Using LLVM to compile system programs

Chris, et al.,

I'm having a bit of difficulty using LLVM to compile system programs
(e.g. rsh) on FreeBSD 5.x. Basically 'lli' is bombing out with
"ERROR: Program used external function 'blah' which could not be
resolved!" I was hoping that you could please point me to a sample
Makefile that might both use external (i.e. system) libraries as well
as the LLVM libraries & programs. At this point, LLVM makefiles seem
clear, as do the makefiles that the system programs use, but merging
them is proving complicated. Thanks.

There are three basic options here:

1. Build all your code with LLVM.
2. Build the non-llvm parts into a dynamic library, and use "lli -load
    x.so <other options>" to load it.
3. Link the non-llvm parts into LLI.

The best one depends on what you're trying to do. If you're interested in the LLVM makefiles, there is a good doc in http://llvm.org/docs/ on the makefiles.

-Chris

Thanks, Chris.

> I'm having a bit of difficulty using LLVM to compile system programs
> (e.g. rsh) on FreeBSD 5.x.

There are three basic options here:

1. Build all your code with LLVM.
2. Build the non-llvm parts into a dynamic library, and use "lli -load
    x.so <other options>" to load it.
3. Link the non-llvm parts into LLI.

Option #2 turned out to be the easiest option for a single program,
however if I were interested in recompiling _all_ of the system
programs, I suspect that it would not be. However I assume, option #3
would require linking LLI with _all_ of the system's libraries, which
seems nutty, and option #1 is likely to fail for at least some system
libraries due to inline assembly. Do my assumptions seem correct?
Has an OS (or at least the sytem applications on it) ever been
compiled with LLVM?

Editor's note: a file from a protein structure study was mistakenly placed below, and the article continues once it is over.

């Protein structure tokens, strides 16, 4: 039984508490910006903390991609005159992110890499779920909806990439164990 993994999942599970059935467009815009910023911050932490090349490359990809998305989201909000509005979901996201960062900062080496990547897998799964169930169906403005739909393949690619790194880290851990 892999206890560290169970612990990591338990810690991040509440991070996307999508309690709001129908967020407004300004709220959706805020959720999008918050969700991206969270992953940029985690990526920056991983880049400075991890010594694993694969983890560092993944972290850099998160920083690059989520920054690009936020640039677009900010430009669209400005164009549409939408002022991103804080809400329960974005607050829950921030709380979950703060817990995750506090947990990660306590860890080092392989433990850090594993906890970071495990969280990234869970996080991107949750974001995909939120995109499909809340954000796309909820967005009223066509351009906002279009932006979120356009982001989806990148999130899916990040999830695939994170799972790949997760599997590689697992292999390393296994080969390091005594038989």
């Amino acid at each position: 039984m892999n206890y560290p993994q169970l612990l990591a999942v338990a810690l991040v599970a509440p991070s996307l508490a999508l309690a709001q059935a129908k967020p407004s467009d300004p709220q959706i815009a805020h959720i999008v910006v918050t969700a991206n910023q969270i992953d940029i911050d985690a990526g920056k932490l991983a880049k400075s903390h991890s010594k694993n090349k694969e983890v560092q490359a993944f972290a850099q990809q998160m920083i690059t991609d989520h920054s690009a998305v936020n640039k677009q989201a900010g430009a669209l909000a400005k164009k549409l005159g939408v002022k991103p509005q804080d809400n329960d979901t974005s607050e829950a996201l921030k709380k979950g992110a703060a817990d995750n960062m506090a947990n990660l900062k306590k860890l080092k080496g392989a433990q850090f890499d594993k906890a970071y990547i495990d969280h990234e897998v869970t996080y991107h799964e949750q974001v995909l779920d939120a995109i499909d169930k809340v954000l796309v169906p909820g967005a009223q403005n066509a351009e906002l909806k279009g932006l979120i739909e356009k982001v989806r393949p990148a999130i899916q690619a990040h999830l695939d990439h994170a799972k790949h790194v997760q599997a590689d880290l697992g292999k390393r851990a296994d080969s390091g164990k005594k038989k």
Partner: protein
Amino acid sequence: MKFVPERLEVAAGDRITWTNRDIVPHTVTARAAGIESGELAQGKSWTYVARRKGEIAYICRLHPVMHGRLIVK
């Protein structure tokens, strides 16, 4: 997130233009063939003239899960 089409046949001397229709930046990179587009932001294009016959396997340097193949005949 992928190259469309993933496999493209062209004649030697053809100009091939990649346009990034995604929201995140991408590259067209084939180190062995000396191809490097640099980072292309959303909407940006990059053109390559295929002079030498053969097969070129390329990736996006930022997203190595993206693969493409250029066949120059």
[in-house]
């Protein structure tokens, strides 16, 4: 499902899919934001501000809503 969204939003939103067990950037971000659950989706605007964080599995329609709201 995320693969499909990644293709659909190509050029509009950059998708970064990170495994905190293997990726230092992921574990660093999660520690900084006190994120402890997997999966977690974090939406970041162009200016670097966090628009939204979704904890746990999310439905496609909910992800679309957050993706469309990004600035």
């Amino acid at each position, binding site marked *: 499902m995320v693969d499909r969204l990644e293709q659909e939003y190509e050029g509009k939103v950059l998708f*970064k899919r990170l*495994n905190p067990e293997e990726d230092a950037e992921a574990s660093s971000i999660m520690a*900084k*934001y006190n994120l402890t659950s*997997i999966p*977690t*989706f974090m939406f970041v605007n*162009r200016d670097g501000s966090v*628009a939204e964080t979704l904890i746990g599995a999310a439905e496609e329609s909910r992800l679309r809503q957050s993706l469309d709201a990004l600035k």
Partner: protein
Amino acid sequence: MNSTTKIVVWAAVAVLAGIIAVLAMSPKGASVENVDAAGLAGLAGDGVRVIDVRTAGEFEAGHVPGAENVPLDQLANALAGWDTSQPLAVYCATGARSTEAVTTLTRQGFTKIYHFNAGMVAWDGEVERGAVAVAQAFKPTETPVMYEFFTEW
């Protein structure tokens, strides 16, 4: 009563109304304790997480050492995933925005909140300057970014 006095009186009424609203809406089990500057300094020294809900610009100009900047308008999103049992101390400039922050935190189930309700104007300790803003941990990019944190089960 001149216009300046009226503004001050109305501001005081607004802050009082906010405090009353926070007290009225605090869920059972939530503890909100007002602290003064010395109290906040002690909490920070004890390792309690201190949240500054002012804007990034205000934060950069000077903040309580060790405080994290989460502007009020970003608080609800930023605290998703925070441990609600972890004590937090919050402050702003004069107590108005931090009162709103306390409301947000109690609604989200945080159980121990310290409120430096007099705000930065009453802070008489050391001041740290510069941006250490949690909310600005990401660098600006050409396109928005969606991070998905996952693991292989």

Thanks,
Sean

libraries due to inline assembly. Do my assumptions seem correct?

yes

Has an OS (or at least the sytem applications on it) ever been
compiled with LLVM?

I'm not aware of anyone who has built a whole os with LLVM yet, e.g. due to inline asm issues. However, many system utils (e.g. finger and core utils) have been built with LLVM. The key difference is that we didn't try to use the JIT, so native code was no problem. :slight_smile:

If building native code is an option for you, try passing -Wl,-native or -Wl,-native-cbe to llvm-gcc.

-Chris

We haven't compiled anything containing inline assembly, but John Criswell has compiled a large part of the Linux kernel with LLVM (after replacing inline assembly with intrinsic functions). This is for a research project and is capable of booting the kernel on top of LLVM and running with limited functionality in multi-user mode.

To do this, we have defined an API of LLVM intrinsic functions that support the features a kernel normally gets from hardware via machine instructions. John implemented this API as a library on x86 and ported Linux to this API.

As a side note, a subset of this API can be used to support a thread library directly on top of LLVM.

--Vikram Adve

I'm not aware of anyone who has built a whole os with LLVM yet, e.g. due
to inline asm issues. However, many system utils (e.g. finger and core
utils) have been built with LLVM. The key difference is that we didn't
try to use the JIT, so native code was no problem. :slight_smile:

Though unfortunately, this still requires customizing all the
Makefiles to be LLVM-style, unless I'm missing something.... Now,
some sort of ability to batch-compile/instrument source from the
system source tree somehow by just specifying the directory would be
REALLY cool.

If building native code is an option for you, try passing -Wl,-native or
-Wl,-native-cbe to llvm-gcc.

Absolutely, native code is no problem. Better, in fact. And thanks,
that worked perfectly!

Most makefiles allow you to just add this to CFLAGS or something. Try 'make CFLAGS=-Wl,-native'. Alternatively, since this really needs to be passed in at link time, try LDFLAGS. CFLAGS is more widely supported, but LDFLAGS may also work.

-Chris